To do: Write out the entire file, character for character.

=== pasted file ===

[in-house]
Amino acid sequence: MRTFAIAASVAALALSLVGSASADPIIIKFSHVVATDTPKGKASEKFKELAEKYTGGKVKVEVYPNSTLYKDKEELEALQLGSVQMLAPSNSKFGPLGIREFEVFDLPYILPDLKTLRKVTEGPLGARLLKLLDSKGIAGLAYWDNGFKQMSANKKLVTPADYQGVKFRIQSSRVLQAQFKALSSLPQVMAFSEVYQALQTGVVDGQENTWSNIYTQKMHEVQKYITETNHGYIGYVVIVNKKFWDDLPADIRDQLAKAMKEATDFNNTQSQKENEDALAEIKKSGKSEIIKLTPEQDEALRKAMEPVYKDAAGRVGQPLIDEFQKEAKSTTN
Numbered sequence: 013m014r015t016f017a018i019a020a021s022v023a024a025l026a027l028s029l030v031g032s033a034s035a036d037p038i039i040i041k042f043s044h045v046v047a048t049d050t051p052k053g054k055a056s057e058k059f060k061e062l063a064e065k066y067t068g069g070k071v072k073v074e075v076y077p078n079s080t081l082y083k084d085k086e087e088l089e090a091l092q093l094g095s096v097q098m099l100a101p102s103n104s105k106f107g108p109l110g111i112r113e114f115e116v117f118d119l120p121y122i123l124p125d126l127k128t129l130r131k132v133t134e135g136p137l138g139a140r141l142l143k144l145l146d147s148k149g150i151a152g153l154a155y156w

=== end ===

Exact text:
[in-house]
Amino acid sequence: MRTFAIAASVAALALSLVGSASADPIIIKFSHVVATDTPKGKASEKFKELAEKYTGGKVKVEVYPNSTLYKDKEELEALQLGSVQMLAPSNSKFGPLGIREFEVFDLPYILPDLKTLRKVTEGPLGARLLKLLDSKGIAGLAYWDNGFKQMSANKKLVTPADYQGVKFRIQSSRVLQAQFKALSSLPQVMAFSEVYQALQTGVVDGQENTWSNIYTQKMHEVQKYITETNHGYIGYVVIVNKKFWDDLPADIRDQLAKAMKEATDFNNTQSQKENEDALAEIKKSGKSEIIKLTPEQDEALRKAMEPVYKDAAGRVGQPLIDEFQKEAKSTTN
Numbered sequence: 013m014r015t016f017a018i019a020a021s022v023a024a025l026a027l028s029l030v031g032s033a034s035a036d037p038i039i040i041k042f043s044h045v046v047a048t049d050t051p052k053g054k055a056s057e058k059f060k061e062l063a064e065k066y067t068g069g070k071v072k073v074e075v076y077p078n079s080t081l082y083k084d085k086e087e088l089e090a091l092q093l094g095s096v097q098m099l100a101p102s103n104s105k106f107g108p109l110g111i112r113e114f115e116v117f118d119l120p121y122i123l124p125d126l127k128t129l130r131k132v133t134e135g136p137l138g139a140r141l142l143k144l145l146d147s148k149g150i151a152g153l154a155y156w